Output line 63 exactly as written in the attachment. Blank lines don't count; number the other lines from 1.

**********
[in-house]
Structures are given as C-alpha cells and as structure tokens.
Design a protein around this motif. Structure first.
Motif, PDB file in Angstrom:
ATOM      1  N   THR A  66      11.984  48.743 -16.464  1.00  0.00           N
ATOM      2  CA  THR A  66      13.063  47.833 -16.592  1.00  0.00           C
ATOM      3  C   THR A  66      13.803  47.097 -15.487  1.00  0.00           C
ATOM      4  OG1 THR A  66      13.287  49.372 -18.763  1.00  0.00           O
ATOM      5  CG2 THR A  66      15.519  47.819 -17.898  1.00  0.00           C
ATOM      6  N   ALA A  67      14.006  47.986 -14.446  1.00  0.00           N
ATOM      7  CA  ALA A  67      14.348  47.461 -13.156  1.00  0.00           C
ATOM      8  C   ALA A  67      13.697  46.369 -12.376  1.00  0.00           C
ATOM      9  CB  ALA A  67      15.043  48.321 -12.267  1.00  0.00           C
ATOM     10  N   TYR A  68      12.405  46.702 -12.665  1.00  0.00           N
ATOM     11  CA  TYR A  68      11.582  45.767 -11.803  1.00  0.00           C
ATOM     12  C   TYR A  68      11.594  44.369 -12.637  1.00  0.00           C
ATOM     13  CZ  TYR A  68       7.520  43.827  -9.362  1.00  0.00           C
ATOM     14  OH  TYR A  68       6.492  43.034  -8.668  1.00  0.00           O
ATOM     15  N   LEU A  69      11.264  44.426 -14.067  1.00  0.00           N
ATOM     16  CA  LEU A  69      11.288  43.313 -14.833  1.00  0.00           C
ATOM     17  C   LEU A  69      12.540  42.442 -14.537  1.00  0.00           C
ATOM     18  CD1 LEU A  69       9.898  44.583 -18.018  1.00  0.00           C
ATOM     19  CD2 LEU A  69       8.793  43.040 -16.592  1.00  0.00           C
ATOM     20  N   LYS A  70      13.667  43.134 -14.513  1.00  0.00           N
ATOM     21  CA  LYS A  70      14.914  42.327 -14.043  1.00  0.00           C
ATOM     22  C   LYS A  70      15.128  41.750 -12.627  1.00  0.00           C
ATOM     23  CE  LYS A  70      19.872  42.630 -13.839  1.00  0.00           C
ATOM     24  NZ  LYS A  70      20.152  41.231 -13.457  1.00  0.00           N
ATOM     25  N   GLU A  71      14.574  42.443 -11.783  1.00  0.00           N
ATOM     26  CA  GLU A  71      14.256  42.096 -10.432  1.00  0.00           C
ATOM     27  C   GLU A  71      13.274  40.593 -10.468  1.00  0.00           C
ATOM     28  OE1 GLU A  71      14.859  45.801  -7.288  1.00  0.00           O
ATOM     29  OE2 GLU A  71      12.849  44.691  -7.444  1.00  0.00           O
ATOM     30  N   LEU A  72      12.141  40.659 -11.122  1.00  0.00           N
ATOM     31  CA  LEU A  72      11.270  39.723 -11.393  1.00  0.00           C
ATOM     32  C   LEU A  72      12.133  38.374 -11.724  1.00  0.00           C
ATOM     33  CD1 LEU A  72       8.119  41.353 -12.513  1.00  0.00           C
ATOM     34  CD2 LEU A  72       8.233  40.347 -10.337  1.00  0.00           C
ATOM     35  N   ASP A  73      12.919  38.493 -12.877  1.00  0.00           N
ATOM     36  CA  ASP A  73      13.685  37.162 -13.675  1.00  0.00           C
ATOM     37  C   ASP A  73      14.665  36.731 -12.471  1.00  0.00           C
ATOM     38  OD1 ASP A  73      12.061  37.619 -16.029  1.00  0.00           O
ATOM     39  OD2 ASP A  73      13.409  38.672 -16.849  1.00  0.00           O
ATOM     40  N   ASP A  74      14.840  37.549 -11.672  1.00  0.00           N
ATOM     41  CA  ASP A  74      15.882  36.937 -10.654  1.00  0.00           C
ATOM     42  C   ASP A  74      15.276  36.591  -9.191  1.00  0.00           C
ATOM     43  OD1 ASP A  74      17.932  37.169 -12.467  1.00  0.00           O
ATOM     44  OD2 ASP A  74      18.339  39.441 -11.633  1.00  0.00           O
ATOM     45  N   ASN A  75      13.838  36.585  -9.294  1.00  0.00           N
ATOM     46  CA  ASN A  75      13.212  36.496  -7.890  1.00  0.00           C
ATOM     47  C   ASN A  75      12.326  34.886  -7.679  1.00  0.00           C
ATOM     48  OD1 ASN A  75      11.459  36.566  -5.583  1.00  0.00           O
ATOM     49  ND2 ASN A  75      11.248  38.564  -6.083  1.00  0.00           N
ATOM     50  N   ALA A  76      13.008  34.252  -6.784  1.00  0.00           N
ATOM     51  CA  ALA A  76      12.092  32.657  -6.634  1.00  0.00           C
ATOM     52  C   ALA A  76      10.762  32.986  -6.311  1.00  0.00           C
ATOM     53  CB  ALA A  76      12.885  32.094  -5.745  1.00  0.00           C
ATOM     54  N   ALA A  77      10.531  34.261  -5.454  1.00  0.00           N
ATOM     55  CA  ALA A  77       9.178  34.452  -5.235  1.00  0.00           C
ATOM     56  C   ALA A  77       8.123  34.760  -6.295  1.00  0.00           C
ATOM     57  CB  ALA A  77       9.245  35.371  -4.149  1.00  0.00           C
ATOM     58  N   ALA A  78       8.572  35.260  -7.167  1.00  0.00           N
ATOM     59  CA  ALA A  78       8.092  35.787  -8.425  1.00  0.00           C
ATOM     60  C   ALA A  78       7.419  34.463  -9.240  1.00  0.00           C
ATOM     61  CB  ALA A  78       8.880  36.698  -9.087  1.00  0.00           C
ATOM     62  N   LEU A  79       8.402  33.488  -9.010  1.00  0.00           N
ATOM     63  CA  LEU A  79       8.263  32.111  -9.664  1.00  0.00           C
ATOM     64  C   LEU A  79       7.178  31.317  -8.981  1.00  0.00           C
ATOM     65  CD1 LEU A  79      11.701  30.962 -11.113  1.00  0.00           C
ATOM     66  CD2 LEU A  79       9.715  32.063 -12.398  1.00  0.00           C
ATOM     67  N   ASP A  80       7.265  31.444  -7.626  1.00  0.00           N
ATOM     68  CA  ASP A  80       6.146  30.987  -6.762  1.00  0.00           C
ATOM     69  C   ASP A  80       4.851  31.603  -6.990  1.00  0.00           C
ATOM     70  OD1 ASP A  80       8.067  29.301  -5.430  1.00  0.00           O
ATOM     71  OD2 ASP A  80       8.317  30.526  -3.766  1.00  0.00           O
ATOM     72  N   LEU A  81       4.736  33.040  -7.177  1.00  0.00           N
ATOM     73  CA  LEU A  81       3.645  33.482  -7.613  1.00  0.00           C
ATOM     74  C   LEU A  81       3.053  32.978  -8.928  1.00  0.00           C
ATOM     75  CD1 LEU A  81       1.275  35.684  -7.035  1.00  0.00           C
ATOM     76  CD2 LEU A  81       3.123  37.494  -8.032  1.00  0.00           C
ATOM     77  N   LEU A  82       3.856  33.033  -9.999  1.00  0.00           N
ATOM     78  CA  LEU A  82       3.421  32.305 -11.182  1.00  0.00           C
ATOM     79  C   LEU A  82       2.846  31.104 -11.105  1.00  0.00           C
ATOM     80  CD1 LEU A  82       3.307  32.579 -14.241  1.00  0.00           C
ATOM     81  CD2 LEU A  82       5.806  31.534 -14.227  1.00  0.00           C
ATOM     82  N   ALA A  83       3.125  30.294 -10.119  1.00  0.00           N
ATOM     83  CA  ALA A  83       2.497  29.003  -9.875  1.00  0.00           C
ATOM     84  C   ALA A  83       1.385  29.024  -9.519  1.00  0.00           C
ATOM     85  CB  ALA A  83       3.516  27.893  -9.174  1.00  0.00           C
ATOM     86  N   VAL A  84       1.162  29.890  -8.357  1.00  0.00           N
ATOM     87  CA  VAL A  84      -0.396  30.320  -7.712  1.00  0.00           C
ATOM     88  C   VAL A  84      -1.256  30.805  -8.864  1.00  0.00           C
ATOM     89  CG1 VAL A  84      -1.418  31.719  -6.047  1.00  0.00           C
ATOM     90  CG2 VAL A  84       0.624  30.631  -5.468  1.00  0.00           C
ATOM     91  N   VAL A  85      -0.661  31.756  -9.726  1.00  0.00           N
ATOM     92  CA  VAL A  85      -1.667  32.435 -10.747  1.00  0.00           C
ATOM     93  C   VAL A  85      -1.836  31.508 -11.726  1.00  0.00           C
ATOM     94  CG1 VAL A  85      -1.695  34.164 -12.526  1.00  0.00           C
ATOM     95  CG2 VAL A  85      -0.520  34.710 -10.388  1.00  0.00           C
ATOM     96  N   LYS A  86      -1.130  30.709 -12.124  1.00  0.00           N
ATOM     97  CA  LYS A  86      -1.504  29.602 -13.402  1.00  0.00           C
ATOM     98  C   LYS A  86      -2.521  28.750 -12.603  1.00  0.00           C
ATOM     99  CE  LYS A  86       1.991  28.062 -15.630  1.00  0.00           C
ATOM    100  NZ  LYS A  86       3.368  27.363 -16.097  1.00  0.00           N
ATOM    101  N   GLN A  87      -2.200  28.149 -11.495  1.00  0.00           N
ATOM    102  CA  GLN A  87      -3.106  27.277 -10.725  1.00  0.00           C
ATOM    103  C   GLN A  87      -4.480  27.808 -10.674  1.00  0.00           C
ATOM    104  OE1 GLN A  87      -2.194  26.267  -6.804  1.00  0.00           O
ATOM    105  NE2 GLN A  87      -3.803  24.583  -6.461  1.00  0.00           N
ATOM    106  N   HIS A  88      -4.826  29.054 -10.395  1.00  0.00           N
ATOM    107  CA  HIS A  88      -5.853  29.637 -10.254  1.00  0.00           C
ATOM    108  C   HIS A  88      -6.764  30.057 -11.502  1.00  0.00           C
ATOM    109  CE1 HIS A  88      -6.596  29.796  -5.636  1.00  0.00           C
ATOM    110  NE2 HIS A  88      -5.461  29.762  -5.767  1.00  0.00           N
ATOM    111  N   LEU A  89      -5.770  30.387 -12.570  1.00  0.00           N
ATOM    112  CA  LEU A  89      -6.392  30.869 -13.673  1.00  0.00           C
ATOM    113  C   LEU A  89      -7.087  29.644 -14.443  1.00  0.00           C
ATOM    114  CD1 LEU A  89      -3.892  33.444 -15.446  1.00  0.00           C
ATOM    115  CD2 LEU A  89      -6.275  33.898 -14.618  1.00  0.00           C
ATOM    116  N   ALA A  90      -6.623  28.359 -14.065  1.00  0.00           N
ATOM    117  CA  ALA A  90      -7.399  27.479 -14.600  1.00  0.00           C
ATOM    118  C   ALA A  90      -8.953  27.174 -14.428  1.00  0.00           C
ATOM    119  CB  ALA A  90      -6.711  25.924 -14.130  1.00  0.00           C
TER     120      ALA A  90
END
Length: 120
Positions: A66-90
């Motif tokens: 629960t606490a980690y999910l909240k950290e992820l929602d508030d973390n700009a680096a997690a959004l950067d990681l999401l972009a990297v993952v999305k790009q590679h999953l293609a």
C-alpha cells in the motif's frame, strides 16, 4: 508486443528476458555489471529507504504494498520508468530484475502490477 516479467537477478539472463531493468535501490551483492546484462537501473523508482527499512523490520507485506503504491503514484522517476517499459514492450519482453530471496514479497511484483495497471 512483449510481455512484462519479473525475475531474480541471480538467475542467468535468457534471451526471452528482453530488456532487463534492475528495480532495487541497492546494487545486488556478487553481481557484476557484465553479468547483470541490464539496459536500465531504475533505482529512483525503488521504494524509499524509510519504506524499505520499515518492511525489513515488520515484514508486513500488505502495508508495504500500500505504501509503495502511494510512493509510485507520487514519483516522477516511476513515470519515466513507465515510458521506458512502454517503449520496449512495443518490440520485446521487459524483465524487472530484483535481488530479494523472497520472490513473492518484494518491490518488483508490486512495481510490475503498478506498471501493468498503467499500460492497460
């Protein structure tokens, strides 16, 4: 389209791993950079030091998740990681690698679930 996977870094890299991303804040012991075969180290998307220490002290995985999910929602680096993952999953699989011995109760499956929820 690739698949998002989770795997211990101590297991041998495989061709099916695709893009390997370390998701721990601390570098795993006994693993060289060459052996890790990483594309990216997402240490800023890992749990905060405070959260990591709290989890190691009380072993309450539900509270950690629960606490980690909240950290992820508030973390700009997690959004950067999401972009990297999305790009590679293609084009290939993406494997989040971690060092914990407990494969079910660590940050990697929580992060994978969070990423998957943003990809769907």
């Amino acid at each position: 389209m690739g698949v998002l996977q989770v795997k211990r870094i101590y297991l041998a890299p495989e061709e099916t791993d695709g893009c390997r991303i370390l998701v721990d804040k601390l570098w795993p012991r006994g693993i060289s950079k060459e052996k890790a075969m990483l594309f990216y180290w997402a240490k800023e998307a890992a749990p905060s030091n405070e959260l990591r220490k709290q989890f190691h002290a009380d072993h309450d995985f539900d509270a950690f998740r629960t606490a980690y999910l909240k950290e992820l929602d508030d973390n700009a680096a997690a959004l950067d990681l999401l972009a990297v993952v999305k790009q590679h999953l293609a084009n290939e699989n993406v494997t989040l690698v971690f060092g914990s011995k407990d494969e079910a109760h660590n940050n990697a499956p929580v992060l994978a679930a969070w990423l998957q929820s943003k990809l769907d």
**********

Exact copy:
ATOM     59  CA  ALA A  78       8.092  35.787  -8.425  1.00  0.00           C